Yet nothing in the rest of the poem talks about "whiteness", presumably alluding to the poet's Eurasian roots, and why he has inherited this "guilt". And nothing in the preceding few poems have prepared me for this "guilt of whiteness" either.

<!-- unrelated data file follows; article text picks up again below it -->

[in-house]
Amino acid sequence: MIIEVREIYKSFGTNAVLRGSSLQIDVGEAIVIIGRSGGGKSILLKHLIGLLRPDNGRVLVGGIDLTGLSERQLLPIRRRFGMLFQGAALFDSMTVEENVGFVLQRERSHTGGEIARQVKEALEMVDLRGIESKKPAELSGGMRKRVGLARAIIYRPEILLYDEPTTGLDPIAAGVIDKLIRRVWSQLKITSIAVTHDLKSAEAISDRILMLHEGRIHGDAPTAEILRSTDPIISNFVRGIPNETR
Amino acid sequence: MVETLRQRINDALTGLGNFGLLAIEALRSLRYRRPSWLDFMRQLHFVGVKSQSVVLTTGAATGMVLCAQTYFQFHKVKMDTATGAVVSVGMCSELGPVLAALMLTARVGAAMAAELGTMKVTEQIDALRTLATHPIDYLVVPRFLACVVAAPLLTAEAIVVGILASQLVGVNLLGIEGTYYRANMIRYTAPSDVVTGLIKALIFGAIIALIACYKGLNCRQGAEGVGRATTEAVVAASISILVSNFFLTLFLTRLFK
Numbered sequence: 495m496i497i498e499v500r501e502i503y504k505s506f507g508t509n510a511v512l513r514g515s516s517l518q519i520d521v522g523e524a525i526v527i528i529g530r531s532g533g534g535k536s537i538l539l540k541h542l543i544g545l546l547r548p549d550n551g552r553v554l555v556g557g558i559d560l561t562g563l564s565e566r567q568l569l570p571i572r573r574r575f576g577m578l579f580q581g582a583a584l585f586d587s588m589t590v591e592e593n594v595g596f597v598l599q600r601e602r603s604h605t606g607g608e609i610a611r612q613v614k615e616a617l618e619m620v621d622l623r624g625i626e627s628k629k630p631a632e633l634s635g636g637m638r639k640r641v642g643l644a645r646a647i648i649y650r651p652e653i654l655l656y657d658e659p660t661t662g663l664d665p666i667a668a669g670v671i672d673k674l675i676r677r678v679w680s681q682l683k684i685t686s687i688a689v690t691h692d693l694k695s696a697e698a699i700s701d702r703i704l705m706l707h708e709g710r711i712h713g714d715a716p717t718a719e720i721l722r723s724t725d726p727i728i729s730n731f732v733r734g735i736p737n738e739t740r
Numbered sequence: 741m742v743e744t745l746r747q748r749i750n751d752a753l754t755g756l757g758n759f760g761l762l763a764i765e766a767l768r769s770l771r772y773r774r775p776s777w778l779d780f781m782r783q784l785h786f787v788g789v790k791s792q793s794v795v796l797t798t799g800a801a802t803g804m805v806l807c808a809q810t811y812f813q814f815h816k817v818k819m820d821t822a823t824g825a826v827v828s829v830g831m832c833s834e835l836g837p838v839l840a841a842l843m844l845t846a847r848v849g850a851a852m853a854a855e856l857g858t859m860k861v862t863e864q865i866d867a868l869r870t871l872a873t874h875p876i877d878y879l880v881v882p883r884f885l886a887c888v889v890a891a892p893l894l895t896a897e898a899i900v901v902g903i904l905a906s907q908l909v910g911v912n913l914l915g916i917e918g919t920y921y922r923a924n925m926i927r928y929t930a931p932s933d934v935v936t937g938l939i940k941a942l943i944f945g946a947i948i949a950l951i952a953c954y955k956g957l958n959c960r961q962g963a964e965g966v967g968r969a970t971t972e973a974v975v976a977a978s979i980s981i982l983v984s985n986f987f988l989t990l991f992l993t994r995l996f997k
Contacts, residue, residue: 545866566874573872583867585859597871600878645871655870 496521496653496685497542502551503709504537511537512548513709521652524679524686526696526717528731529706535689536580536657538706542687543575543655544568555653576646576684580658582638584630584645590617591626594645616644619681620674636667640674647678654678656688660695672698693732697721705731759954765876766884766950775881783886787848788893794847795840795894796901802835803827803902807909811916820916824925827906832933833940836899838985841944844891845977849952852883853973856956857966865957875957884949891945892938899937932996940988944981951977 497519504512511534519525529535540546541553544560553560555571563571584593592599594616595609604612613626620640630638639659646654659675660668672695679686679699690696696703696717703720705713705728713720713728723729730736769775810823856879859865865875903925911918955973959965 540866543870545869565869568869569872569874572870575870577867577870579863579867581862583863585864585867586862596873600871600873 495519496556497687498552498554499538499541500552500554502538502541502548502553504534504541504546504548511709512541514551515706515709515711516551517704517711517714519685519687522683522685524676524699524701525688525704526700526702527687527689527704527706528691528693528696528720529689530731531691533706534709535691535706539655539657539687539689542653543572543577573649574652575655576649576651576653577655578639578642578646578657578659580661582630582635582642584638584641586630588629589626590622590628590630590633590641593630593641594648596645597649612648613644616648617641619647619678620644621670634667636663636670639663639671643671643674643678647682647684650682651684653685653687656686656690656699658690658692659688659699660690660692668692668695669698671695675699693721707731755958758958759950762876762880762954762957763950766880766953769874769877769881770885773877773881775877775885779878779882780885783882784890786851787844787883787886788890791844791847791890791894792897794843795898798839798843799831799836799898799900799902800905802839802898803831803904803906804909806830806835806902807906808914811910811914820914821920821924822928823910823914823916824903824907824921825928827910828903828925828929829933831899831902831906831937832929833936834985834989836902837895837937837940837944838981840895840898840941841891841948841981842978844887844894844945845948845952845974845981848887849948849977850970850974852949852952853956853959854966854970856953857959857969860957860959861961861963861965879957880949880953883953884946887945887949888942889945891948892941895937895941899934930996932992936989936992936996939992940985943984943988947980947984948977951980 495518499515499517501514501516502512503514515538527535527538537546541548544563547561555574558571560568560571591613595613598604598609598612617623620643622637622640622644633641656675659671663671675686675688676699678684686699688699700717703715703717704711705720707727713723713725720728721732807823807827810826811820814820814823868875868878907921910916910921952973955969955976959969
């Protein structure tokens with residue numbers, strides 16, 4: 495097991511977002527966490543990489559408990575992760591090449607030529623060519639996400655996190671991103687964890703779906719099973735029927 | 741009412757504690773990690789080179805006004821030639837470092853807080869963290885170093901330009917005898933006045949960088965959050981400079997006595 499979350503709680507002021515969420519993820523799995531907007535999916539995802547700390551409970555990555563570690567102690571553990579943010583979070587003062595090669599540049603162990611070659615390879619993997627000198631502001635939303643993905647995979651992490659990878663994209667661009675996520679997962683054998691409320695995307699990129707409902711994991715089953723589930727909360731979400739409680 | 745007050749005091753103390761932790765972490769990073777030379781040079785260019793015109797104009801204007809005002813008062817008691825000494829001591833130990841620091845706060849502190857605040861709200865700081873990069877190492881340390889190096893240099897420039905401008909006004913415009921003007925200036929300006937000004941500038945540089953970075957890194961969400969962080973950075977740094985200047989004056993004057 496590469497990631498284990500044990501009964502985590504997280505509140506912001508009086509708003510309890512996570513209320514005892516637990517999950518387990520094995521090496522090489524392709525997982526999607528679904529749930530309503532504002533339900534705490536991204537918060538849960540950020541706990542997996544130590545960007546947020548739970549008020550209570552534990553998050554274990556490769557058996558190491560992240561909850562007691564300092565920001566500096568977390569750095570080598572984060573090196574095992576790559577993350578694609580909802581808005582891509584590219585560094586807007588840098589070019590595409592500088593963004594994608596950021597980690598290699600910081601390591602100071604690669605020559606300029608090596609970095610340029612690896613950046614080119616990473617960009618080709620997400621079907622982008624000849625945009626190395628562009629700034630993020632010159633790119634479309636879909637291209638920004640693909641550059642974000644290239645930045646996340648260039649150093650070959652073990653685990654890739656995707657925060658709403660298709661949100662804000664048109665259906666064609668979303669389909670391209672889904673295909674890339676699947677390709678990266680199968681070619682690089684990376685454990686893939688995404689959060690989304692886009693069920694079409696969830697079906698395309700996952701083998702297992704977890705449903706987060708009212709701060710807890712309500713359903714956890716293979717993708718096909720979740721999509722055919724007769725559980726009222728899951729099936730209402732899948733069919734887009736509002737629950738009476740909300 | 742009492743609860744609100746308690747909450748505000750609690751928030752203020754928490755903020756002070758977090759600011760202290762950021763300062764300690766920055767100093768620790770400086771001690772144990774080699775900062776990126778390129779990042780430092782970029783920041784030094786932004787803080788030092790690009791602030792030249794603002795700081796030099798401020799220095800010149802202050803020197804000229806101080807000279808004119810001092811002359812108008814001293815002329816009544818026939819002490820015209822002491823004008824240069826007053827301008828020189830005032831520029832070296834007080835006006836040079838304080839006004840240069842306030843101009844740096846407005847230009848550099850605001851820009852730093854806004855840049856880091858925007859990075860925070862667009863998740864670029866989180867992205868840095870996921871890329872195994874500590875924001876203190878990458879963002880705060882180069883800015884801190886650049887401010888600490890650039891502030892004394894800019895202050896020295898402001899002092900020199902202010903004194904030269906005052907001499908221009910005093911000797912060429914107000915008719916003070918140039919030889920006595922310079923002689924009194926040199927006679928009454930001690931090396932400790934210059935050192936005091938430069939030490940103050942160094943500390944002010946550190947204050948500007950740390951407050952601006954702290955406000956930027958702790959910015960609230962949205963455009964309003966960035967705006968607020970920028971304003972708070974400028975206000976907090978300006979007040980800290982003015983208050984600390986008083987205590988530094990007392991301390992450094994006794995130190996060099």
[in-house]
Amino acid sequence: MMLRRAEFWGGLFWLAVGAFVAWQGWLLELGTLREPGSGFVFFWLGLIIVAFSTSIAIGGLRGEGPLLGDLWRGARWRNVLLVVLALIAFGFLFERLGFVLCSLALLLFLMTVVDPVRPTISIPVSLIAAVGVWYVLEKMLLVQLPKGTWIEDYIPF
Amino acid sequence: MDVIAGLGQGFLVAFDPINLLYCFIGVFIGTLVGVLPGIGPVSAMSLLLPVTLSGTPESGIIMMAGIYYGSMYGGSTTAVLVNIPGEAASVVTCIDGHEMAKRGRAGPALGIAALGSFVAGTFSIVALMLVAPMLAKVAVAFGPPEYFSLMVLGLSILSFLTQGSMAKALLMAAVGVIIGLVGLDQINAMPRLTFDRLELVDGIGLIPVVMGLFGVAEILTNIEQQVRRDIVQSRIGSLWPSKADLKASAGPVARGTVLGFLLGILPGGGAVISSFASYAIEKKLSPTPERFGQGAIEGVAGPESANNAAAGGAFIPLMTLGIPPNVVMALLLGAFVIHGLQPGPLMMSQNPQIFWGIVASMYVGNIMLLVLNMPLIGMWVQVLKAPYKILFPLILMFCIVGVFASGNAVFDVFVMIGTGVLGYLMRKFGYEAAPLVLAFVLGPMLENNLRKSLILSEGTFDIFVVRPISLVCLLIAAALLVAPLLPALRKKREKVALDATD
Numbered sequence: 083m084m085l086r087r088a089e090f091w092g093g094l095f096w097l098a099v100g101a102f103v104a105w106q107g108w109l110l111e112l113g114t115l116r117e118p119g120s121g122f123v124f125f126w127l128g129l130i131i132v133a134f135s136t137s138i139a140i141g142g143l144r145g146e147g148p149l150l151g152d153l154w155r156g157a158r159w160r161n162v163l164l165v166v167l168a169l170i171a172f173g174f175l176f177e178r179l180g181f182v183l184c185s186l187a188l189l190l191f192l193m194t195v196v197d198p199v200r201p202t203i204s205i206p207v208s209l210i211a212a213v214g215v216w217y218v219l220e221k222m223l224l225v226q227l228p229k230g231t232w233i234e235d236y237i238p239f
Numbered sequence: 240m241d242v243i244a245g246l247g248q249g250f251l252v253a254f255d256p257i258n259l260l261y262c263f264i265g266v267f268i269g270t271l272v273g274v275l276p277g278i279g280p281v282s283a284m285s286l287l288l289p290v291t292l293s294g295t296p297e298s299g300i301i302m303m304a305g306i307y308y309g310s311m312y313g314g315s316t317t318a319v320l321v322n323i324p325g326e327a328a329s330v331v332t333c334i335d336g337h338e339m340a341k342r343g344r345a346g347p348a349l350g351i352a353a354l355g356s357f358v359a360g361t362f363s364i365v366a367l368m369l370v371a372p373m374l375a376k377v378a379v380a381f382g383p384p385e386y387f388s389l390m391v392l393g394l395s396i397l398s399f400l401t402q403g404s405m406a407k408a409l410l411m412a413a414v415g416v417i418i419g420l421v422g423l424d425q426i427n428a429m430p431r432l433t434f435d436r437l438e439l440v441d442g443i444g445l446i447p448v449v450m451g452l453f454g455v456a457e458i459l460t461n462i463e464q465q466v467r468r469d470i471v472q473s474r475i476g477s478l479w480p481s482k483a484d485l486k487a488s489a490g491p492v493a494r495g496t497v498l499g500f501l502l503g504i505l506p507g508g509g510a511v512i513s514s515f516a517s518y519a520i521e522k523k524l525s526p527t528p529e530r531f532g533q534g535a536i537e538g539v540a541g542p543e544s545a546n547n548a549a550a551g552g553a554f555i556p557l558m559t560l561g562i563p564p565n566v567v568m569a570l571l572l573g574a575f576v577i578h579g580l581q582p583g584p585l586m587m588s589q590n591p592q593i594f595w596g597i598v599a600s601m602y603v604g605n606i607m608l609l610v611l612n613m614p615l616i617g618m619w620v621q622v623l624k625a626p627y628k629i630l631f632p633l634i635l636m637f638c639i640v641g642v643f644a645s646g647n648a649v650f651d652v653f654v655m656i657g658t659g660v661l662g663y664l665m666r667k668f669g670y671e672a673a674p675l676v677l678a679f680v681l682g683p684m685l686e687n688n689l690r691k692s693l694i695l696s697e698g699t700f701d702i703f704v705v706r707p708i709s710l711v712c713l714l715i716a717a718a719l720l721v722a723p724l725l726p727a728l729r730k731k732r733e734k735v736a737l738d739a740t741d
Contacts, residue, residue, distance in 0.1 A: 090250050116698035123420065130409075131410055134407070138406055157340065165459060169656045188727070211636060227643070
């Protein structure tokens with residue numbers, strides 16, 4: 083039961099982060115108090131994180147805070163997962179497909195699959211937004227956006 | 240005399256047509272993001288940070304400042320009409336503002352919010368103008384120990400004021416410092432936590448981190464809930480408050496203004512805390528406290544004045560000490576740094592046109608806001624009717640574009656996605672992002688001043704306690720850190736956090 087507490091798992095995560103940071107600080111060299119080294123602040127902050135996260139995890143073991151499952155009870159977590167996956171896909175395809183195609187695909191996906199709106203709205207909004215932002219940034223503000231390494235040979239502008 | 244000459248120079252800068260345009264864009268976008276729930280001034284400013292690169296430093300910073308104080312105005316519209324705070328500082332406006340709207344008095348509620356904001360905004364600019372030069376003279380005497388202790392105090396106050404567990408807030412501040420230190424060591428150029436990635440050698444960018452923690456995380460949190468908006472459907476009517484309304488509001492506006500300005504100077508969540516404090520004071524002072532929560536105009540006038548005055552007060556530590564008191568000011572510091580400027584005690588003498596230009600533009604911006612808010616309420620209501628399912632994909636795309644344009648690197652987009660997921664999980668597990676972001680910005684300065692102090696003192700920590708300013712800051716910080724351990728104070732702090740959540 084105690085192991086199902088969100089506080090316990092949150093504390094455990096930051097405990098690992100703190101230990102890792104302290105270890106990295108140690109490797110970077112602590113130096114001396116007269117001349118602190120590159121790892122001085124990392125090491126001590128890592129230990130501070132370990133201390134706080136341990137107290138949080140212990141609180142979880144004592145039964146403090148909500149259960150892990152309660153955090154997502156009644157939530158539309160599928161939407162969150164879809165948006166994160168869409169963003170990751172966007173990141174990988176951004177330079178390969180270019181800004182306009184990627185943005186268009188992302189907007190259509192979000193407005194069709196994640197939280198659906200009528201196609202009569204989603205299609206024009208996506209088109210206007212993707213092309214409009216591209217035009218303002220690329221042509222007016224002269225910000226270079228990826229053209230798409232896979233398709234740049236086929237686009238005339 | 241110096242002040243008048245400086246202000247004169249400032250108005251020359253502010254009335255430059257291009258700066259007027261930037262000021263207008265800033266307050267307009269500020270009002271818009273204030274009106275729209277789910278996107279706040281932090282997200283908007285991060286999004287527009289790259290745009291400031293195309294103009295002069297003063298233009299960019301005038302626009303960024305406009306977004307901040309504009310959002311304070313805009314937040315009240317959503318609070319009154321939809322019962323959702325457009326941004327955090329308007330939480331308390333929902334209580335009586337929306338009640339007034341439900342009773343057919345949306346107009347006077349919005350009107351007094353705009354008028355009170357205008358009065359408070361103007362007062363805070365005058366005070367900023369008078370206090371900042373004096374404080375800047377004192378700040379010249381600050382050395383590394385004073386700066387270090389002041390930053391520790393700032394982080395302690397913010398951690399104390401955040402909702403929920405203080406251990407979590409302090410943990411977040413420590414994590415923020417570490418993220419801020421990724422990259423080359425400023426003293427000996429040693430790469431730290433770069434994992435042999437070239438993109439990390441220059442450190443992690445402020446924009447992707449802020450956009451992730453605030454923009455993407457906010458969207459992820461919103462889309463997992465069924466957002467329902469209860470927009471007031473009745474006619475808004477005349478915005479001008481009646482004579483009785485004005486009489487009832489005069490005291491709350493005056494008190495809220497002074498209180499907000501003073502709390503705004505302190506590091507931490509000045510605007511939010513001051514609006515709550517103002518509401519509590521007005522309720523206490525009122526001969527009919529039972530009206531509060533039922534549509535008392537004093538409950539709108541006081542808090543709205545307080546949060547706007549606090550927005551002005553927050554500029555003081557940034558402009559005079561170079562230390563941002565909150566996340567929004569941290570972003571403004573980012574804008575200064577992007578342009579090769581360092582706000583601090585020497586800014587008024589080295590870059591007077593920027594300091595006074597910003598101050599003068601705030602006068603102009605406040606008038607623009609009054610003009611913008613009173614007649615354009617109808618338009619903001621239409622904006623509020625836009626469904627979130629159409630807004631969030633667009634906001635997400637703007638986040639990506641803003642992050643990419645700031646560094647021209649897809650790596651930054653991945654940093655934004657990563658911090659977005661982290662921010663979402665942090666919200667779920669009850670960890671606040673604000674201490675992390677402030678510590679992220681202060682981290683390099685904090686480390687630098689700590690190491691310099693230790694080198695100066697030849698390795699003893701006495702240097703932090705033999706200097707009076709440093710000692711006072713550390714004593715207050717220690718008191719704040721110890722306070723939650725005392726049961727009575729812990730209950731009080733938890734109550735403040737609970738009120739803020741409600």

There is some promise in this sophomore collection, and there a few good lines which I did enjoy and were struck by ("How do I know the colour of goodbye…"). I was particularly intrigued by the poem 'Malton Mornings, Autumun 2015', which has an interesting structure and situation, with the poet, a visitor to the UK, "the lone Asian walking", being asked repeatedly by a man riding a scooter about the way to the train station—it later becomes clear that the man means to ask: "I know you know where the station is, / but why aren't you going?". (Unfortunately, what I thought was a hint of racist or xenophobic abuse is later slightly undermined by the poet's own reading of it as "Britain as a land of murder mysteries, / spectres under floorboards and gentle old lady / serial killers".) The Nomad Principle is also a marked improvement over Rodrigues' first collection, Pantomime. However, I do wish that the poet had bided his time and crafted a more compelling and focused collection, rather than putting it out so quickly.QLRS Vol. 19 No. 2 Apr 2020